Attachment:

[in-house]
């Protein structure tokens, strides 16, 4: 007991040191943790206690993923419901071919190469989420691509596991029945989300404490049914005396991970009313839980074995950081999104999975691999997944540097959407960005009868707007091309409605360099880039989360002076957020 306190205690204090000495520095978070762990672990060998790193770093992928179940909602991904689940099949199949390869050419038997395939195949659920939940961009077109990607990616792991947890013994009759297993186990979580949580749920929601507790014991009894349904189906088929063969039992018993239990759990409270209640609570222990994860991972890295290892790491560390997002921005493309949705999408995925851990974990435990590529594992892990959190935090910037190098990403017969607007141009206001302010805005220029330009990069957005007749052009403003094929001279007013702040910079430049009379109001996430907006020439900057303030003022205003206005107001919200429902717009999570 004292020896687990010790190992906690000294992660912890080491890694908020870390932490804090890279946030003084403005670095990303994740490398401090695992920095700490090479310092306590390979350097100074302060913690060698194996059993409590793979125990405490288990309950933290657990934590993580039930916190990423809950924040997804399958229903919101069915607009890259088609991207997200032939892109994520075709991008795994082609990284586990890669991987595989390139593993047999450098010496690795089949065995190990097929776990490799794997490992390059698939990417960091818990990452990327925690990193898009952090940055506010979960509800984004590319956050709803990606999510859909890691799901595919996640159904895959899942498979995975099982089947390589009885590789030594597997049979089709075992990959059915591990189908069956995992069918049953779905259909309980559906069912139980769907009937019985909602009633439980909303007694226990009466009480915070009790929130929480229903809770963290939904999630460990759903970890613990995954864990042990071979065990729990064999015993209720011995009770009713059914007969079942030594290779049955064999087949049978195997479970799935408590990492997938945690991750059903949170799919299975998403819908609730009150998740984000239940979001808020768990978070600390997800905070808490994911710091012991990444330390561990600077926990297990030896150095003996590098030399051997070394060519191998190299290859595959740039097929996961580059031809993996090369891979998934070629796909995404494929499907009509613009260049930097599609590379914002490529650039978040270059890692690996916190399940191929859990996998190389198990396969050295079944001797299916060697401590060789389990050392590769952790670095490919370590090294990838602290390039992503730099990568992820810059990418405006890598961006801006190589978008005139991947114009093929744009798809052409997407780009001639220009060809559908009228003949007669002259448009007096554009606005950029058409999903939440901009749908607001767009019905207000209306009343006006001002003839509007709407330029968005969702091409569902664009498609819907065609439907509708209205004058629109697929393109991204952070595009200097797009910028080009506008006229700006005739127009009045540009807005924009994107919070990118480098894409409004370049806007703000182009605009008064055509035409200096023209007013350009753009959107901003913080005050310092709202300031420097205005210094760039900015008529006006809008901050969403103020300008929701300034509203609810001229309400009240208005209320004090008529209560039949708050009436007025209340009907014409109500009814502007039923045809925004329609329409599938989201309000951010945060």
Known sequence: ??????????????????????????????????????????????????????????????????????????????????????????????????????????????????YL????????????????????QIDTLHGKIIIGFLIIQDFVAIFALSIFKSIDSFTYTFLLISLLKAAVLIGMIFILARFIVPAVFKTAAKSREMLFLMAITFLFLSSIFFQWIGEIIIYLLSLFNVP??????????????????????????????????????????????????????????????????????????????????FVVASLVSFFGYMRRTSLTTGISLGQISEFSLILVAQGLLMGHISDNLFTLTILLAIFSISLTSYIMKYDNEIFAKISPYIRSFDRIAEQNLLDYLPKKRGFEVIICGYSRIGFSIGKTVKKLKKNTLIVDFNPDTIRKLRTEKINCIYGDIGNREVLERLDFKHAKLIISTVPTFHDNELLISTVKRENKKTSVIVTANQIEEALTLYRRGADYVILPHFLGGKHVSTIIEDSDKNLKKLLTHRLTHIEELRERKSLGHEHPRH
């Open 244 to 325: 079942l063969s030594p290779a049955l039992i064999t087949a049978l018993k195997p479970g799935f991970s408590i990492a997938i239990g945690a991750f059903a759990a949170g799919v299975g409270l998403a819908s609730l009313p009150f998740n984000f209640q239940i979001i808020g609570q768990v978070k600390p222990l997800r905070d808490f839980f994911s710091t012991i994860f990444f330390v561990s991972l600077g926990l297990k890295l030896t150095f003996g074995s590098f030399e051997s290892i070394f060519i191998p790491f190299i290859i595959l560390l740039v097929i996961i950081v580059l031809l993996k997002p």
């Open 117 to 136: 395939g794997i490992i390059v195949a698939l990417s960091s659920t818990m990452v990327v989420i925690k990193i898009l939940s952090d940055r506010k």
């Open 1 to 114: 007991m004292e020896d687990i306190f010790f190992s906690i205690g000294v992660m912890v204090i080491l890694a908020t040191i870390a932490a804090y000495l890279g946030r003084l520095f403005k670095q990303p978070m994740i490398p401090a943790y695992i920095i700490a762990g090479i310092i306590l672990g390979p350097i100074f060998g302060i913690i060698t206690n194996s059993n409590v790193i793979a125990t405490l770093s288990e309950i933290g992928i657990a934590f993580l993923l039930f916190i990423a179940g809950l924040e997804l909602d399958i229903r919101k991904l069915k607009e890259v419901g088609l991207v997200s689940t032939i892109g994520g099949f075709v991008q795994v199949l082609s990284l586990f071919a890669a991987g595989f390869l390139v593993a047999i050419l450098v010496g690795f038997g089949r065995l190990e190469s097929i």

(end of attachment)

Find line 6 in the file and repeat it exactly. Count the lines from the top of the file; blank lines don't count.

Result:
């Open 1 to 114: 007991m004292e020896d687990i306190f010790f190992s906690i205690g000294v992660m912890v204090i080491l890694a908020t040191i870390a932490a804090y000495l890279g946030r003084l520095f403005k670095q990303p978070m994740i490398p401090a943790y695992i920095i700490a762990g090479i310092i306590l672990g390979p350097i100074f060998g302060i913690i060698t206690n194996s059993n409590v790193i793979a125990t405490l770093s288990e309950i933290g992928i657990a934590f993580l993923l039930f916190i990423a179940g809950l924040e997804l909602d399958i229903r919101k991904l069915k607009e890259v419901g088609l991207v997200s689940t032939i892109g994520g099949f075709v991008q795994v199949l082609s990284l586990f071919a890669a991987g595989f390869l390139v593993a047999i050419l450098v010496g690795f038997g089949r065995l190990e190469s097929i």